How’s your memory?
Only recently has the relationship between estrogen and cognitive function only recently been studied.
Estrogen has many effects on the body, including the central nervous system.
Estrogen has been known to affect cognitive function and mood because of its effects on several neurotransmitters in the brain. Neurotransmitters are molecules that travel from one nerve to another, exerting an influence on the nerve that is stimulated.
Estrogen is believed to play a role in the function of the neurotransmitters serotonin, GABA, epinephrine, norepinephrine, and acetylcholine. Cells of the brain have estrogen receptors that are influenced when estrogen links to the various nerves of the brain.
Effects of Estrogen on Cognition
Estrogen is believed to play a role in the differences in cognition between men and women. There are indications that women have different levels of cognition at different times in the menstrual cycle as a result of varying levels of estrogen during the cycle. This includes memory functioning. Estrogen also is believed to be the reason why women have more depressive symptoms when compared to men.
The lack of estrogen after menopause is believed to be the cause of mood changes related to menopause as well as the increase in insomnia, depression, anxiety and cognitive changes. This is thought to be due to the effect of estrogen on the limbic system.
Estrogen in the Brain
Several decades ago, estrogen receptors were identified and mapped on various parts of the brain. It was found that estrogen receptors were specifically found in the pituitary gland, hypothalamus, cerebral cortex, hippocampus (the memory center of the brain), the brainstem, and the midbrain.
The actions of estrogen on the brain are widespread, affecting the cholinergic, serotonergic, GABAergic, and catecholaminergic symptoms of the brain. Estrogen is believed to act on many areas of the brain that can affect the woman’s cognitive function.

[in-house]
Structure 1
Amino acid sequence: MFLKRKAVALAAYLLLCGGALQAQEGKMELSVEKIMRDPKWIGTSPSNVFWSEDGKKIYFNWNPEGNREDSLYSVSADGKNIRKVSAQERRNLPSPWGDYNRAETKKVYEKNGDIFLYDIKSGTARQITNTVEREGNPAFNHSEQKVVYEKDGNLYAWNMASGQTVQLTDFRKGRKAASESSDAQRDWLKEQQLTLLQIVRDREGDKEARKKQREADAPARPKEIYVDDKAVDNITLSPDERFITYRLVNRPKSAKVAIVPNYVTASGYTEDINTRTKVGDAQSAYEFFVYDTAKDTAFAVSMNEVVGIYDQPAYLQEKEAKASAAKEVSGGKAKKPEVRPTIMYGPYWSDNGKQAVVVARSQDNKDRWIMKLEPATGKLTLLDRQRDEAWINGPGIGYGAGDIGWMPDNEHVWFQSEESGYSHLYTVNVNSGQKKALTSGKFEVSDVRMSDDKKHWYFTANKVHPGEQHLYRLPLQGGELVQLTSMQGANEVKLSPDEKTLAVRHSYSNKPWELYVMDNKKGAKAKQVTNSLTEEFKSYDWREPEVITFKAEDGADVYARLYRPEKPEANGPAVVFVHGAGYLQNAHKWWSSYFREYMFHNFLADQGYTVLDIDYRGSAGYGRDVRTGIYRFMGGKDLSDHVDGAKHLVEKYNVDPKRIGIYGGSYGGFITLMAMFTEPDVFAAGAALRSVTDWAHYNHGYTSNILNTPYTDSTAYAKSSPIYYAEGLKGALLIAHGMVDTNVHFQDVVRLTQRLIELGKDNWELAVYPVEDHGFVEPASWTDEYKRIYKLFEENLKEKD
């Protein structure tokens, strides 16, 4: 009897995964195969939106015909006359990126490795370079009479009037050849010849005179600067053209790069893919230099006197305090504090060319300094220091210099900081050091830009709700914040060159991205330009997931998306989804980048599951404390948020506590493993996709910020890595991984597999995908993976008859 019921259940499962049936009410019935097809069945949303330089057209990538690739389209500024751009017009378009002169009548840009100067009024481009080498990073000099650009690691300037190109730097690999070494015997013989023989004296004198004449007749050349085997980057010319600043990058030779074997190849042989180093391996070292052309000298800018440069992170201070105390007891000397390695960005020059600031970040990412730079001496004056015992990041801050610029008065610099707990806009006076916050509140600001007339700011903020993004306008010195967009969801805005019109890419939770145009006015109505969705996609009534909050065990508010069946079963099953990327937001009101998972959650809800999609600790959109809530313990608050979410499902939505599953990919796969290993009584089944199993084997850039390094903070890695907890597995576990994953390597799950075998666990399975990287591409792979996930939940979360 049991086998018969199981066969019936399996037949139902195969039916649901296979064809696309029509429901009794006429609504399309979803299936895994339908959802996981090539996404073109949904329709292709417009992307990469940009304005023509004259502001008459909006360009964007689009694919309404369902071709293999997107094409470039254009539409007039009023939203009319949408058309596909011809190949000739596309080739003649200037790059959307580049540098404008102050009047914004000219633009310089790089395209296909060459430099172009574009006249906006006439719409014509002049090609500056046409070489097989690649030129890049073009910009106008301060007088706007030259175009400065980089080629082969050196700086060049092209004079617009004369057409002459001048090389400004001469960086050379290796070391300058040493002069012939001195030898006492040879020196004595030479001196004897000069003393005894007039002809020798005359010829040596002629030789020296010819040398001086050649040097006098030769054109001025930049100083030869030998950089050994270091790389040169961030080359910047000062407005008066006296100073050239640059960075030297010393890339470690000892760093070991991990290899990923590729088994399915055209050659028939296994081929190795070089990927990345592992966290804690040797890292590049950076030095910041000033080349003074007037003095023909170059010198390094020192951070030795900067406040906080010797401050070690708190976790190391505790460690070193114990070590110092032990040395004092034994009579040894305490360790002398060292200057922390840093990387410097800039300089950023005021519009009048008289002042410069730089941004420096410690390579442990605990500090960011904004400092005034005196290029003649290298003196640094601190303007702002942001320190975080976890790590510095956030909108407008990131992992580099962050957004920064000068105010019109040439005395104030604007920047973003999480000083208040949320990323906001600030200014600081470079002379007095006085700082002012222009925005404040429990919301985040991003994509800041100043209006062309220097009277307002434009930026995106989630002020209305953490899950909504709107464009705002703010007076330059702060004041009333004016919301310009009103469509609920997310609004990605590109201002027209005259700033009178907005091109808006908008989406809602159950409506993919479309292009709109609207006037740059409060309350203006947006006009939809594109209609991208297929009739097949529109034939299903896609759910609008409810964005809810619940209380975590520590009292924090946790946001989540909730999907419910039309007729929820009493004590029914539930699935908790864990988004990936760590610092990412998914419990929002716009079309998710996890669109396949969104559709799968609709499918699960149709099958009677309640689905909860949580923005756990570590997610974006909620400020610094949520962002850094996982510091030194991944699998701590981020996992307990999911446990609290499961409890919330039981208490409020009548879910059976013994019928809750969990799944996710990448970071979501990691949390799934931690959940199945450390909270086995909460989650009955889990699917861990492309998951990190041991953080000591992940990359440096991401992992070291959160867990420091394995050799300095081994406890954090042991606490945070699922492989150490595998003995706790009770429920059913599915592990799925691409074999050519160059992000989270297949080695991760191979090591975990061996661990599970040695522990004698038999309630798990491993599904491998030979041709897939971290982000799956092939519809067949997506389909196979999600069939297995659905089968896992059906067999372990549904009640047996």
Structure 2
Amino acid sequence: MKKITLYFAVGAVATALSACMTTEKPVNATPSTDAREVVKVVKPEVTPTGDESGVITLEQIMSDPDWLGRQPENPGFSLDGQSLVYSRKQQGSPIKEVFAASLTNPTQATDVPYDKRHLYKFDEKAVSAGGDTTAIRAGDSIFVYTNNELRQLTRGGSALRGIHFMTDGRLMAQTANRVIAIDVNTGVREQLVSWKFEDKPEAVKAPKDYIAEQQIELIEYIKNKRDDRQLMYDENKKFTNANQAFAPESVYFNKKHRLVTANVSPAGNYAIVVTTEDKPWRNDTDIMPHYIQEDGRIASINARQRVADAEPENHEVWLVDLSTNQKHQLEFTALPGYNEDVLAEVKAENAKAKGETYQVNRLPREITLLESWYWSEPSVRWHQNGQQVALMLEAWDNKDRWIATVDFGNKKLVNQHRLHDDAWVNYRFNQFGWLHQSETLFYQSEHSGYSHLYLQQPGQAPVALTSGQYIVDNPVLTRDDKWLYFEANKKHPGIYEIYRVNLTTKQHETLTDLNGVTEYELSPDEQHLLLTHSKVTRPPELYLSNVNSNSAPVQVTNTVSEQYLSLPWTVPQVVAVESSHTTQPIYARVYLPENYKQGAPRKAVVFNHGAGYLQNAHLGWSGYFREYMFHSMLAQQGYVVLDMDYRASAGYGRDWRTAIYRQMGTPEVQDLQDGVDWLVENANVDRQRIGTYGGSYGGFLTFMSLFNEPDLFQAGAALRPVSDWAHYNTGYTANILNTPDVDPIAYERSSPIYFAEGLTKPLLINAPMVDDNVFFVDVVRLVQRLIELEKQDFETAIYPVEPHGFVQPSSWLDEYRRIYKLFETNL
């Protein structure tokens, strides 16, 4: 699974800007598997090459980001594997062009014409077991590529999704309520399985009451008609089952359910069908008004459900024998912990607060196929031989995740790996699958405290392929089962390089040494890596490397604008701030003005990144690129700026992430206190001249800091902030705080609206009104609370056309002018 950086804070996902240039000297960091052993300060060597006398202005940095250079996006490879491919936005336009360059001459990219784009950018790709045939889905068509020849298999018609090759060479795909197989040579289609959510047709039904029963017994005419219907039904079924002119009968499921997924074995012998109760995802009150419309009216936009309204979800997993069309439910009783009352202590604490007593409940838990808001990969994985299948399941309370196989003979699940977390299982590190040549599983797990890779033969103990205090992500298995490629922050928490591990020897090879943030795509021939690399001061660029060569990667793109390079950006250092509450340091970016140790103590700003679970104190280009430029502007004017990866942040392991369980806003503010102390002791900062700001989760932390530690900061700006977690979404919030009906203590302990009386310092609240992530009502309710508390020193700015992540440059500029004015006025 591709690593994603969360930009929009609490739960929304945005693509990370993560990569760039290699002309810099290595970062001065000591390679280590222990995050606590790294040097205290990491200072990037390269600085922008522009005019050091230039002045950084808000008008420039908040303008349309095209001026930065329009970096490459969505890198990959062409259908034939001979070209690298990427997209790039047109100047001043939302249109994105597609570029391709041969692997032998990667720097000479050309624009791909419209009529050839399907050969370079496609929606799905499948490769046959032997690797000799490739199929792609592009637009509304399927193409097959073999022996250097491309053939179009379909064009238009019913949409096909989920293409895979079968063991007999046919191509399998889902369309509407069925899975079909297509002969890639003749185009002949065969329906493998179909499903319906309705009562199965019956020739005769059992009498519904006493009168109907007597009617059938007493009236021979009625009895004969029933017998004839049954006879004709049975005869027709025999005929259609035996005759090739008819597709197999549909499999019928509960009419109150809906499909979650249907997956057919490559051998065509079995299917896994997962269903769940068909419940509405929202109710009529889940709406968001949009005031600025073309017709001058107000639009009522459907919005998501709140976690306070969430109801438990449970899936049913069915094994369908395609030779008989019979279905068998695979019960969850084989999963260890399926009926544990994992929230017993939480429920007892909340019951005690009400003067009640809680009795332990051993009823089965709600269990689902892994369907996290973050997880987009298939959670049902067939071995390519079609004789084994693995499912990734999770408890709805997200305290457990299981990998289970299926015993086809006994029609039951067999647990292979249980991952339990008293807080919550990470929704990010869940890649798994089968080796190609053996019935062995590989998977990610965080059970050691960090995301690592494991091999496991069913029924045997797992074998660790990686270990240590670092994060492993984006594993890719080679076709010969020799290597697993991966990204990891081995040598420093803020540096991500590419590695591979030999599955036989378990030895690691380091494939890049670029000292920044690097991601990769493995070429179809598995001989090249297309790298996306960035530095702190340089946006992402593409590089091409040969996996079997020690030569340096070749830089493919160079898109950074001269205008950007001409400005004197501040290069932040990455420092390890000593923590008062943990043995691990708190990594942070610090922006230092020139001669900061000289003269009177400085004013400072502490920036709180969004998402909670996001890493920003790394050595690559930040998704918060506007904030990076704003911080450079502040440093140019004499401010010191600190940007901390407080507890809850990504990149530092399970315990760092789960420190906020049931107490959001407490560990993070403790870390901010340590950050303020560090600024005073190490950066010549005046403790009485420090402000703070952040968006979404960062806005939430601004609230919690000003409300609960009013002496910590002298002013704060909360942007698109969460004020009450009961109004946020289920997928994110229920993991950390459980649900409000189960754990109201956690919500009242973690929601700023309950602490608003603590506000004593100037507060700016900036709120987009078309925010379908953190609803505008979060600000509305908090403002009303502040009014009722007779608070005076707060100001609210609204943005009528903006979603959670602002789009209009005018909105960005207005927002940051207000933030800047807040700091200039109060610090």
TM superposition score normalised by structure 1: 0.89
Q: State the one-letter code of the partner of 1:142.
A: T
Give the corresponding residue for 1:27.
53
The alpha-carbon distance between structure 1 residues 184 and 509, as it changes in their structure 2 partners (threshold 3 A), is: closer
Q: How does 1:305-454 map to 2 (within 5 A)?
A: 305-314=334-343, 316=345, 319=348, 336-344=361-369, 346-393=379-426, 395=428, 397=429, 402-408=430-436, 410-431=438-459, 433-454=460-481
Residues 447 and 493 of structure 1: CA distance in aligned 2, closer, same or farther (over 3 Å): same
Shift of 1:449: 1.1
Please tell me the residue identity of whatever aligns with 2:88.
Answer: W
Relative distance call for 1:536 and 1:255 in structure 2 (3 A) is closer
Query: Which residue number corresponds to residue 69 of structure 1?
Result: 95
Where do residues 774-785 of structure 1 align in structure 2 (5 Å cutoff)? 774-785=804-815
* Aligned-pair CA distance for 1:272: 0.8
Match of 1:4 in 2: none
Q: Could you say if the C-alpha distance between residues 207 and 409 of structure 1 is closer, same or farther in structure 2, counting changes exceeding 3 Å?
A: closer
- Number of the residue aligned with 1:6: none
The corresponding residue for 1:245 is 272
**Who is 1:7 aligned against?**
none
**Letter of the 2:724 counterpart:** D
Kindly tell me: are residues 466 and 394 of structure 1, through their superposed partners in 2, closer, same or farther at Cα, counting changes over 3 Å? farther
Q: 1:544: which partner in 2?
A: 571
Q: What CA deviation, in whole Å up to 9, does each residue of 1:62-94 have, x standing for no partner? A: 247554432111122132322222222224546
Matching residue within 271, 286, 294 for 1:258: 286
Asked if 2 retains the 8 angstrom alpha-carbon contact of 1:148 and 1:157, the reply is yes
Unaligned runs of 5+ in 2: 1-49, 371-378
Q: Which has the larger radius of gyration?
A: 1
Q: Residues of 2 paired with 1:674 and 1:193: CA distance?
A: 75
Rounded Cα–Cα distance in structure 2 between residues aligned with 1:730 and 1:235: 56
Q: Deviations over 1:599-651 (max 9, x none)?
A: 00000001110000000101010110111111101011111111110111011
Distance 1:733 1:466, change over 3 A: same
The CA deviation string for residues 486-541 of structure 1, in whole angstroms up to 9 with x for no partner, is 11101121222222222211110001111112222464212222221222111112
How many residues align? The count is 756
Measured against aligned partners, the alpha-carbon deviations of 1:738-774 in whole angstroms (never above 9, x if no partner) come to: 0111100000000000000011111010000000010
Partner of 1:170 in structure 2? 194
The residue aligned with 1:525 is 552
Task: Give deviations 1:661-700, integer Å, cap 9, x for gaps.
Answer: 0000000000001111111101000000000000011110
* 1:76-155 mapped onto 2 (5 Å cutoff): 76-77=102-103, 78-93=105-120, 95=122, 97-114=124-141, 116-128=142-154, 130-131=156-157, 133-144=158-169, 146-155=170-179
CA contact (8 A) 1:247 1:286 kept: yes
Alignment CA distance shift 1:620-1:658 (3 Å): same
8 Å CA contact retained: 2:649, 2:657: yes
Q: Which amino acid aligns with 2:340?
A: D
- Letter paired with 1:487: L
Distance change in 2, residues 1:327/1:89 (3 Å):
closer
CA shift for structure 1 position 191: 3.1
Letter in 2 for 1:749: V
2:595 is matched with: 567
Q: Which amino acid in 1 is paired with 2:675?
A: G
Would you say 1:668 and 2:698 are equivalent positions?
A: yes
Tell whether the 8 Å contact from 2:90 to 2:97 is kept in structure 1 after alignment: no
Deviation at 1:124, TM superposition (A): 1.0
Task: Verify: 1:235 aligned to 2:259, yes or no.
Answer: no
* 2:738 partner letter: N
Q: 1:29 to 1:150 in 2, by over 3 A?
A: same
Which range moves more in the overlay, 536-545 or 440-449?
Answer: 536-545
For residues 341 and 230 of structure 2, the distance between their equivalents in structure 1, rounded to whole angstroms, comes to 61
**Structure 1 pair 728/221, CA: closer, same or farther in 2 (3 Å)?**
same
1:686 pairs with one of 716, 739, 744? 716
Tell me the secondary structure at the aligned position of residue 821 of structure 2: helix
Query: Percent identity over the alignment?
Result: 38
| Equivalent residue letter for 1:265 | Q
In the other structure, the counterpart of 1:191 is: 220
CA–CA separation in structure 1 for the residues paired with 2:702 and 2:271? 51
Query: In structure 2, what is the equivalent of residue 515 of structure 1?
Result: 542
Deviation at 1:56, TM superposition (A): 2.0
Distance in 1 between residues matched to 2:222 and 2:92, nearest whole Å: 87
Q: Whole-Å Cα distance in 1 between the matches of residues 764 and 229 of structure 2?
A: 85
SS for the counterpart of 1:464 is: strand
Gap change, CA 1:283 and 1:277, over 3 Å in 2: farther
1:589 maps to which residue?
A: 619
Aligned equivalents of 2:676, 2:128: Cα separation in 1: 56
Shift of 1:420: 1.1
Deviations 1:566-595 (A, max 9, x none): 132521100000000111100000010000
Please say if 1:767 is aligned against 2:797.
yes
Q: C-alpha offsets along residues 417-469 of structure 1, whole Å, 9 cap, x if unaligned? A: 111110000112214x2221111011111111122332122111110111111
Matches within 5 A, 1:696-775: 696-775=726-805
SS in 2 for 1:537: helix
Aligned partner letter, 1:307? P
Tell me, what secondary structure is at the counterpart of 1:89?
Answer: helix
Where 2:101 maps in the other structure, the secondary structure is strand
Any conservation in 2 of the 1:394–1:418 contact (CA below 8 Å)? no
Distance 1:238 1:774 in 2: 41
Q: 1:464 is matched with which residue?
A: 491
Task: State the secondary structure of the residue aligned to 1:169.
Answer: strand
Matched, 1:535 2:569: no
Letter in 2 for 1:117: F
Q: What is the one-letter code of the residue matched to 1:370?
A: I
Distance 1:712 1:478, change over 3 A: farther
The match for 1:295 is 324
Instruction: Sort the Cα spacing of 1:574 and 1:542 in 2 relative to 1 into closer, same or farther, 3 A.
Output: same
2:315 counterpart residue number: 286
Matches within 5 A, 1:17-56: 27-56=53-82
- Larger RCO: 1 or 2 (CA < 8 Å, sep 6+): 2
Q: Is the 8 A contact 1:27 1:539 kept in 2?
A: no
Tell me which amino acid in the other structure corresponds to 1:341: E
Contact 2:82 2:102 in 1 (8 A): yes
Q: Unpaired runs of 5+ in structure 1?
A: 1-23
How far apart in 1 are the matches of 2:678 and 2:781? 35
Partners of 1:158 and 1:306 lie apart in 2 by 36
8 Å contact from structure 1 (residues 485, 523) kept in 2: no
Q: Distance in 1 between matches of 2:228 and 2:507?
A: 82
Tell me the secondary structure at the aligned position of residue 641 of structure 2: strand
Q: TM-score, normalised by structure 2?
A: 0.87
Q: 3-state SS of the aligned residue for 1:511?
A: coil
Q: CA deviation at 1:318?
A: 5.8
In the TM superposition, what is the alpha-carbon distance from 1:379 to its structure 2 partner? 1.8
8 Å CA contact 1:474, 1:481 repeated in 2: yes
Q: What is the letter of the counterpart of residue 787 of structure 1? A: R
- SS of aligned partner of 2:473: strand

Estrogen increases the concentration of enzymes found to be crucial in memory function. These enzymes are found to be critically low in women suffering from Alzheimer’s disease. Estrogen may protect brain cells from suffering from early cell death due to its antioxidant effects on the cells.
Cognition refers to the whole of human information processing. It includes the ability to recognize patterns, psychomotor function, learning and memory, problem solving, attention, language, and abstract reasoning.
In mammalian females, including humans and animals, estrogen has been found to have an effect on more than just reproduction. It affects cognitive behaviors, depressive symptoms, and anxiety. In a study on rats out of the journal Neuropsychopharmacology in 2006, it was found that those that had their ovaries removed, experienced depression and anxiety and cognitive function declined.
Estrogen in Memory and Learning
You need estrogen to learn new things and to retain memory. The estrogen receptors on the hippocampus of the brain appear to be associated with the ability to learn new things and to transfer short-term memory to long-term memory.
Estrogen not only modulates the formation of memory and the maintenance of long term memory but it also seems to be related to the ability to solve a mental task, altering what information is learned and how that information is retained. The strength of the memory depends on the presence of estrogen within the brain.
Studies on rats in the scientific journal Science in 2000 showed that those rats with high estrogen levels had better abilities to learn when compared to rats that had low estrogen levels. It is believed that estrogen acts as a conductor in the brain, allowing for enhanced learning and memory.
Estrogen may influence the brain’s neurotransmitters, including acetylcholine, that regulate excitability and the ability to memorize certain tasks.
The Effect of Estrogen on Cognition and Aging
As estrogen is required for adequate learning and memory, its lack after menopause is believed to be why some women after menopause suffer from some degree of cognitive decline. It has been suggested that estrogen replacement therapy, especially when given soon after or during menopause, may reverse this effect, resulting in an enhancement of memory and learning in some postmenopausal women. However, it is important to talk to your health care provider to know whether or not estrogen replacement is right for you.
If you have any questions or thoughts feel free to reach out at any time.